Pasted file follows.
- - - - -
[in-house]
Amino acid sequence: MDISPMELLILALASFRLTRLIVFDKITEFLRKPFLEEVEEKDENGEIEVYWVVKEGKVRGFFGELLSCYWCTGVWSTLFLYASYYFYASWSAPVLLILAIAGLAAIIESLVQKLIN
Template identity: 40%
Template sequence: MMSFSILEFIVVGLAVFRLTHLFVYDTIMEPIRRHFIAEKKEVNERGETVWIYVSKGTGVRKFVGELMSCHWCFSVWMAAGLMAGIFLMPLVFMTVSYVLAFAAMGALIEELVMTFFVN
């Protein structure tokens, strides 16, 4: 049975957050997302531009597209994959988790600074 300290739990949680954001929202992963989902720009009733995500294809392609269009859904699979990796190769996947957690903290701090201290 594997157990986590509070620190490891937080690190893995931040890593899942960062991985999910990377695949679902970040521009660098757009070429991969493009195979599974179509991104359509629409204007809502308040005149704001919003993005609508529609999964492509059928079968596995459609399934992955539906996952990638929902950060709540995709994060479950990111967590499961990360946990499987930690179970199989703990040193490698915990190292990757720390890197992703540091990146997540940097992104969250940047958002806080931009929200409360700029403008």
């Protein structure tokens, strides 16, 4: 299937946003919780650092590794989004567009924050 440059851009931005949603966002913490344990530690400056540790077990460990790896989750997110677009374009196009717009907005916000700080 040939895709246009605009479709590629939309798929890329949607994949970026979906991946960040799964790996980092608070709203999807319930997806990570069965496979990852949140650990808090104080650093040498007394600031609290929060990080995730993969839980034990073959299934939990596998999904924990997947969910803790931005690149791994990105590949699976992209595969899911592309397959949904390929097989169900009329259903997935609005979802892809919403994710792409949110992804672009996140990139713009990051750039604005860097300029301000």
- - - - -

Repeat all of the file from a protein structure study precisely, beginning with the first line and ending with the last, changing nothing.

[in-house]
Amino acid sequence: MDISPMELLILALASFRLTRLIVFDKITEFLRKPFLEEVEEKDENGEIEVYWVVKEGKVRGFFGELLSCYWCTGVWSTLFLYASYYFYASWSAPVLLILAIAGLAAIIESLVQKLIN
Template identity: 40%
Template sequence: MMSFSILEFIVVGLAVFRLTHLFVYDTIMEPIRRHFIAEKKEVNERGETVWIYVSKGTGVRKFVGELMSCHWCFSVWMAAGLMAGIFLMPLVFMTVSYVLAFAAMGALIEELVMTFFVN
């Protein structure tokens, strides 16, 4: 049975957050997302531009597209994959988790600074 300290739990949680954001929202992963989902720009009733995500294809392609269009859904699979990796190769996947957690903290701090201290 594997157990986590509070620190490891937080690190893995931040890593899942960062991985999910990377695949679902970040521009660098757009070429991969493009195979599974179509991104359509629409204007809502308040005149704001919003993005609508529609999964492509059928079968596995459609399934992955539906996952990638929902950060709540995709994060479950990111967590499961990360946990499987930690179970199989703990040193490698915990190292990757720390890197992703540091990146997540940097992104969250940047958002806080931009929200409360700029403008």
């Protein structure tokens, strides 16, 4: 299937946003919780650092590794989004567009924050 440059851009931005949603966002913490344990530690400056540790077990460990790896989750997110677009374009196009717009907005916000700080 040939895709246009605009479709590629939309798929890329949607994949970026979906991946960040799964790996980092608070709203999807319930997806990570069965496979990852949140650990808090104080650093040498007394600031609290929060990080995730993969839980034990073959299934939990596998999904924990997947969910803790931005690149791994990105590949699976992209595969899911592309397959949904390929097989169900009329259903997935609005979802892809919403994710792409949110992804672009996140990139713009990051750039604005860097300029301000």